With the benefit of hindsight we can see that not enough was done, not widely enough.  I'm not sure whether or not that was "by design" - it's possible it was.

I think if we "did enough" that would necessarily reduce the number of people able to drive to the regulations by quite a lot.  Probably enough to start a revolution!  But - like the highly trained pilots - without other changes (tech, infra) people would still keep crashing - because they're human.

Patrick9-32 wrote:

We could fundamentally and dramatically improve the standard of driving on UK roads. Our governments choose not to because to do so would be political suicide. 

I would like to see it.  I just disagree - and perhaps it's a question of degree - on:
a) how easy it would be to "fundamentally and dramatically" improve the standard of driving?  We certainly could and should remove the worst but how much would that shift the average?
b) if this succeeded what would change?  Don't forget, per billion miles the UK is currently a very safe place to walk, cycle and drive compared with the rest of the world.  Would you expect the number of crashes to plummet?  Would knowing that it was "safer" encourage more people now driving to cycle - among cars and lorries?  I'd say definitely not to that, because it hasn't (lots of other reasons why this doesn't work like that).

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chrisonabike replied to Patrick9-32 | 9 months ago
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Patrick9-32 wrote:

We could fundamentally and dramatically improve the standard of driving on UK roads.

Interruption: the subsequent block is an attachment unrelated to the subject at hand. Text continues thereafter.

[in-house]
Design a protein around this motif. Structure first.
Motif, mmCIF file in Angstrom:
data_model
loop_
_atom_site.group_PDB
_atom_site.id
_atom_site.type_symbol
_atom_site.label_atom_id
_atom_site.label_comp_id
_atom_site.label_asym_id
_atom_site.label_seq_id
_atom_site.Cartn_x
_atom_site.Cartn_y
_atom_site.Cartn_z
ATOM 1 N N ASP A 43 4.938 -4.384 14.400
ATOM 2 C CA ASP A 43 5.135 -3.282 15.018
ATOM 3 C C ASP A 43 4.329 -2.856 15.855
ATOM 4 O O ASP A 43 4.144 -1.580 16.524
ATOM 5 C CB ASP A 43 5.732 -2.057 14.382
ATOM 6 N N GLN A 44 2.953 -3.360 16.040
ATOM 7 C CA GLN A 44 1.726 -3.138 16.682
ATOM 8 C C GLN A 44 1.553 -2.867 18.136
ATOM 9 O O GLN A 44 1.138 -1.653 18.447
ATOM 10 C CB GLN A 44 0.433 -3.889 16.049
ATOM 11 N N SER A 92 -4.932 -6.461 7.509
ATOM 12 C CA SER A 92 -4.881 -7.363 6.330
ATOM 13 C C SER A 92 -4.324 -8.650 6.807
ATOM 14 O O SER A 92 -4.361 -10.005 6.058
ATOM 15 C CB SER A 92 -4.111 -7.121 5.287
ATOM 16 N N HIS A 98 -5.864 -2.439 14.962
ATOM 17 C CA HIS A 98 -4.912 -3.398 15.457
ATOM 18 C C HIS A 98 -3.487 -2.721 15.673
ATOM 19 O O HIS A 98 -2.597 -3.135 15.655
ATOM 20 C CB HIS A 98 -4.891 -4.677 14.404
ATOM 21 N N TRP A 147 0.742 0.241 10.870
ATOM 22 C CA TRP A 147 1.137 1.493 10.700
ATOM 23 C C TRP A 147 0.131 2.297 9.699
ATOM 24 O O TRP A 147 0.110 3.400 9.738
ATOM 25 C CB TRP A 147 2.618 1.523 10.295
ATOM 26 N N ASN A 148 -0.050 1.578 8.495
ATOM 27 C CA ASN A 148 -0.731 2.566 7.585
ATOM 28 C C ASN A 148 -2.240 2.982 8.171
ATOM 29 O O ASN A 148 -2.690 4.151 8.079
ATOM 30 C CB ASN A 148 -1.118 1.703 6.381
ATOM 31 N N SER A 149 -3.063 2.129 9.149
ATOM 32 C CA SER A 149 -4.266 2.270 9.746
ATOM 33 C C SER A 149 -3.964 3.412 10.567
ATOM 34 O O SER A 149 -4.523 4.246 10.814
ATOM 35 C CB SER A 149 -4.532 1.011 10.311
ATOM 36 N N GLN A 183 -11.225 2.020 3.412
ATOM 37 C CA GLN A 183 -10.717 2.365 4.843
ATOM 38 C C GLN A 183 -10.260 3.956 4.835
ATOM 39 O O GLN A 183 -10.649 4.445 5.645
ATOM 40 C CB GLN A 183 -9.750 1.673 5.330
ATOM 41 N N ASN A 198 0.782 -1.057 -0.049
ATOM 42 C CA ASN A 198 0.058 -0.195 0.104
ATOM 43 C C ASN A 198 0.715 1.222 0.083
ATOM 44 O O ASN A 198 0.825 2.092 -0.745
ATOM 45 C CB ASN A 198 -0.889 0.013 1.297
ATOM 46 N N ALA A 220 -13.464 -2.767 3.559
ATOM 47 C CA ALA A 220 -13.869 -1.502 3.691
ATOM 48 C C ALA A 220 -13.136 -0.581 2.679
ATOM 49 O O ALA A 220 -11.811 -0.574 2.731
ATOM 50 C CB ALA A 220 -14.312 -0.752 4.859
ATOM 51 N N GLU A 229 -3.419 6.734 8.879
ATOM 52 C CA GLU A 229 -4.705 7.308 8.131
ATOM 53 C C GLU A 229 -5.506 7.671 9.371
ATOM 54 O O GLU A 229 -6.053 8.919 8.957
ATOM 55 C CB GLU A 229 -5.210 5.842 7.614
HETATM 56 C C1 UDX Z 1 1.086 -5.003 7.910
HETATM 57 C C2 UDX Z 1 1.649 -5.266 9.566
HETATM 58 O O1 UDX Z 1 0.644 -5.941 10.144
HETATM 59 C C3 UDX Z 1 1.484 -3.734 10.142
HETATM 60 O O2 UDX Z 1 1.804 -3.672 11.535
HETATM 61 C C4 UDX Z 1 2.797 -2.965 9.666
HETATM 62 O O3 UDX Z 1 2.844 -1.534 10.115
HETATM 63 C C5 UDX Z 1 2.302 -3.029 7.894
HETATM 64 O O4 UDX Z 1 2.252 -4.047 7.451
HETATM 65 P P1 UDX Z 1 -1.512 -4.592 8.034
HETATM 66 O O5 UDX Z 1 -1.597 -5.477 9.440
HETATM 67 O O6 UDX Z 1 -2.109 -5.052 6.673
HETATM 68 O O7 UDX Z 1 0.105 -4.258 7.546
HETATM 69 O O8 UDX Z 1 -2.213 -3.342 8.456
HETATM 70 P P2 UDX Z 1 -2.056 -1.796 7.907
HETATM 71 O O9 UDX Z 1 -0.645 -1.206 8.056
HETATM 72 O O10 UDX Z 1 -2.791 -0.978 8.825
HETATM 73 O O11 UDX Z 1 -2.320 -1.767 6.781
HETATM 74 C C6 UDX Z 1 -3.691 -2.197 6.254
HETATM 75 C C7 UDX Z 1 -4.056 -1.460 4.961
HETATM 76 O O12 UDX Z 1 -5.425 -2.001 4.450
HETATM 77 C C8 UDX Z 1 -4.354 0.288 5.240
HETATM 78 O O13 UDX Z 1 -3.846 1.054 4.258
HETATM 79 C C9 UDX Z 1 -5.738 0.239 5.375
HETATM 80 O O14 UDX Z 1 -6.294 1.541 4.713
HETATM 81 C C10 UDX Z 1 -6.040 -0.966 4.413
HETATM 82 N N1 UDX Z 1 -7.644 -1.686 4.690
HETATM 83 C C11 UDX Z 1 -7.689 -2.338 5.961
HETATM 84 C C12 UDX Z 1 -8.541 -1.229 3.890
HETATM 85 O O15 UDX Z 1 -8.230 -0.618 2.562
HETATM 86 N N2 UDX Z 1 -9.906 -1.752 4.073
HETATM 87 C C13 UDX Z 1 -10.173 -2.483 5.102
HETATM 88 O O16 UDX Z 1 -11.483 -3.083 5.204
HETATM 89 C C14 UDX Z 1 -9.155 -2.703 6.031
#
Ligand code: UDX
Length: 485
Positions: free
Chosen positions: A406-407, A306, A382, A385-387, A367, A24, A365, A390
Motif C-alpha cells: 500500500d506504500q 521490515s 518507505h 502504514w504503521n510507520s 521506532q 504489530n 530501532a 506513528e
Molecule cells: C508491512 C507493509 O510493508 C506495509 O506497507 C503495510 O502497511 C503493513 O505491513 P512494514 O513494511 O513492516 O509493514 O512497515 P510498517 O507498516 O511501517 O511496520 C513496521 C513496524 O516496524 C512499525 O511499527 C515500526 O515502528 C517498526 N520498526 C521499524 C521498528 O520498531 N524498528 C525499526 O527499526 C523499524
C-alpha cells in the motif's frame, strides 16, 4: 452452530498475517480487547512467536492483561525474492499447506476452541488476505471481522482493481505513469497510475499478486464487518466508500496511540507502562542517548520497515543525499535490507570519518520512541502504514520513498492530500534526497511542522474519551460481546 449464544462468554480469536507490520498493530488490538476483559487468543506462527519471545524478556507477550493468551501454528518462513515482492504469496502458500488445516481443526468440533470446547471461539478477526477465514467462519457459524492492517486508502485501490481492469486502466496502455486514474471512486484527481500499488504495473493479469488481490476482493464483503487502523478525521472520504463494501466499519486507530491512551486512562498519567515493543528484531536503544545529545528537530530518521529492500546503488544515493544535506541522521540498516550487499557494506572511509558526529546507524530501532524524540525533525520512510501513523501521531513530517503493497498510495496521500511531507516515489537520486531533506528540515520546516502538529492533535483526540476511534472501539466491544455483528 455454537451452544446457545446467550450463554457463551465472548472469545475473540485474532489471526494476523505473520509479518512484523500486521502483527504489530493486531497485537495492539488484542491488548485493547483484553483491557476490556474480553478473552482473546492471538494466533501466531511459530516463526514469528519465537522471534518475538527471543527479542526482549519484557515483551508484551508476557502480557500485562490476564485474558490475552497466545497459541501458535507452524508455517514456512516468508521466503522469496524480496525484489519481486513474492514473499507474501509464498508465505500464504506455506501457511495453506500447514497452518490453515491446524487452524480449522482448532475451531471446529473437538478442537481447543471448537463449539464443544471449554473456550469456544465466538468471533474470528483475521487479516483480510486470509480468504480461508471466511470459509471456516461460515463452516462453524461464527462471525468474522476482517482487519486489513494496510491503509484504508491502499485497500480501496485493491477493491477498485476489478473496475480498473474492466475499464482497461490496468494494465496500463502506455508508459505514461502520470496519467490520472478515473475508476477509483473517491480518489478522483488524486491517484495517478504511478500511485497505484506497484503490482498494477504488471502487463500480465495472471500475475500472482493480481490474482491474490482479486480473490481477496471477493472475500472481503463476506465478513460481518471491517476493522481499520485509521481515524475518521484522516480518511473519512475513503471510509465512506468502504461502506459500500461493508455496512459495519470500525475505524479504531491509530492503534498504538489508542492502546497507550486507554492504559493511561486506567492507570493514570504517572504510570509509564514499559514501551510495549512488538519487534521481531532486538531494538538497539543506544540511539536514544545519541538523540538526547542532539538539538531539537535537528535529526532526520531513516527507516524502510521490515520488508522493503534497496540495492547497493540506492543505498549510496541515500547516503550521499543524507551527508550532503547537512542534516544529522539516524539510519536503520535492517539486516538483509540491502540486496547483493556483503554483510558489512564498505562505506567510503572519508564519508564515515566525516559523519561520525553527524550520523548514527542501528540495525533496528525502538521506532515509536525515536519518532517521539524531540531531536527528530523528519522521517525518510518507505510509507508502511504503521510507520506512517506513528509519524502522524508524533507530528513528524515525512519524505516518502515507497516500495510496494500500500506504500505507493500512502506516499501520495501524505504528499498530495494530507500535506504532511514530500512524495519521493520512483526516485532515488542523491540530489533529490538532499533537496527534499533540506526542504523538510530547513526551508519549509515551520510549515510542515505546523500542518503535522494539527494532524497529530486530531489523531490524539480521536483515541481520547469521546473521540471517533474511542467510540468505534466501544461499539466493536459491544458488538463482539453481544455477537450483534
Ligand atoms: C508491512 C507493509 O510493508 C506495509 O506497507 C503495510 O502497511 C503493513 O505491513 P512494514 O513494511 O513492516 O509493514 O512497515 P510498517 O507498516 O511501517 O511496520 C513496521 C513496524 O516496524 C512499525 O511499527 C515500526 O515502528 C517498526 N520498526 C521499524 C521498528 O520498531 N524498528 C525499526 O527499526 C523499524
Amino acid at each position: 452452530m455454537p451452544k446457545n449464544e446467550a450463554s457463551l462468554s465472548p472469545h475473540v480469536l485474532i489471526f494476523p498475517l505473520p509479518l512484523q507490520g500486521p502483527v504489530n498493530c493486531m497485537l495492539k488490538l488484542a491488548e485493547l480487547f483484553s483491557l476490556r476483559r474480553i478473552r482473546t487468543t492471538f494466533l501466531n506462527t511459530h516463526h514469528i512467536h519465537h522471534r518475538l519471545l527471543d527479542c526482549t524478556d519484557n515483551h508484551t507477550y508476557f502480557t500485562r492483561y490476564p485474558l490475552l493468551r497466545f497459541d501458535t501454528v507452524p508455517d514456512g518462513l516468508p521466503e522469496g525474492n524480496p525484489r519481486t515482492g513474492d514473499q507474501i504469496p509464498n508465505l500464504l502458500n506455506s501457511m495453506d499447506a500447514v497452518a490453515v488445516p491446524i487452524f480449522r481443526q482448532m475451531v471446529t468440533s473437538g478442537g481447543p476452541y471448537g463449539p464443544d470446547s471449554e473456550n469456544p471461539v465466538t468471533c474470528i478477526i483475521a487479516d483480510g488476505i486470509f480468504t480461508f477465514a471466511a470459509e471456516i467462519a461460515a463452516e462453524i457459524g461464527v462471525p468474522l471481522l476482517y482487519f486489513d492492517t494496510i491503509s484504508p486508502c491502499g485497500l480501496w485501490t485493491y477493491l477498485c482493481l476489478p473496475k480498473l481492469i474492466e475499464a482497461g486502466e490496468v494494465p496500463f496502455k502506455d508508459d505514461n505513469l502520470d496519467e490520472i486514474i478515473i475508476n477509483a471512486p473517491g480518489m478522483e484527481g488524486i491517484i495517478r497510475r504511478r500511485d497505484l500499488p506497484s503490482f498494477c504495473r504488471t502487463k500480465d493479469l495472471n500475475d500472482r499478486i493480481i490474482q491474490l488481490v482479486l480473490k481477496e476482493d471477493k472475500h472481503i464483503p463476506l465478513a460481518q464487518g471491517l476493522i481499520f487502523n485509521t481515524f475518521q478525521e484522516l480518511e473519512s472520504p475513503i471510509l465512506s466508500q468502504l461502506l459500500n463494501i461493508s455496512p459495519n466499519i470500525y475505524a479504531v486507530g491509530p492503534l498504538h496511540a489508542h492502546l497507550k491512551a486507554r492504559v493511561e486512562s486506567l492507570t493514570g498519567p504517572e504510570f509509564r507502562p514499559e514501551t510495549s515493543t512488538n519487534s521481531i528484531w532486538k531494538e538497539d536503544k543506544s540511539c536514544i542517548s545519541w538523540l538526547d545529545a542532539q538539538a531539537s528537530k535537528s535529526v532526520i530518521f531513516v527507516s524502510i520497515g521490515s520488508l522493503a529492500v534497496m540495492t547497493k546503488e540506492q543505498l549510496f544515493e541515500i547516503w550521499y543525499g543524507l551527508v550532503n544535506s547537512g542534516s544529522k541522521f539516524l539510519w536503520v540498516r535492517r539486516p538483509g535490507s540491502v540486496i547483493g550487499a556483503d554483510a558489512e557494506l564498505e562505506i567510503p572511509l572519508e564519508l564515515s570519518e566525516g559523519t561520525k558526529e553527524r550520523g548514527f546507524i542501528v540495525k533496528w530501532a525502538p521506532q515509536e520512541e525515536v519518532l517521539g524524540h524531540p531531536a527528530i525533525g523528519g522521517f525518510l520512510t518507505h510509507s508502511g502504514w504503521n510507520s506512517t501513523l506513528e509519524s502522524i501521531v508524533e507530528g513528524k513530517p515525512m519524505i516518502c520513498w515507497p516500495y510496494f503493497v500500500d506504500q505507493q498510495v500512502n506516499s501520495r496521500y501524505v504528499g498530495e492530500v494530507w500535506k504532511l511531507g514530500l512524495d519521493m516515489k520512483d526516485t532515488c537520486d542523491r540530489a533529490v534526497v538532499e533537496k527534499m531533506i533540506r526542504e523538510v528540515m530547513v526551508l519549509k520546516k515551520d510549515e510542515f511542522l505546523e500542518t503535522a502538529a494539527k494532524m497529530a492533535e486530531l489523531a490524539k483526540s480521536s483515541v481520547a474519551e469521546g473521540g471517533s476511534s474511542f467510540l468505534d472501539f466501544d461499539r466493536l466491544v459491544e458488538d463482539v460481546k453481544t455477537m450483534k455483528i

I guess a good question (I don't have answers here) would be "is there anywhere in the world where we can see the standard of driving is fundamentally and dramatically better than in the UK"?  Or has fundamentally and dramatically improved from a globally "reasonable" base?

If there is - how has that occurred?  That is of interest so we can judge what path to that point was for them and what the cost - finanical, social, political - is.  (I would do this when looking at the impact of cycling infra - comparing e.g. UK cycling levels, type and coverage of cycling infra with other countries.)

Perhaps only a few people are have cars?  Maybe it's a city / very small nation / there are few roads e.g. the Vatican?  Perhaps they've only had cars recently?  Or maybe like North Korea the right to have a car is tightly controlled so it's strongly linked with other important social considerations? (See also crime reporting, enforcement and penalties in that case!)

Is the training / testing regime different and how?

What is the "feedback" - community reporting, cameras, police and penalties etc.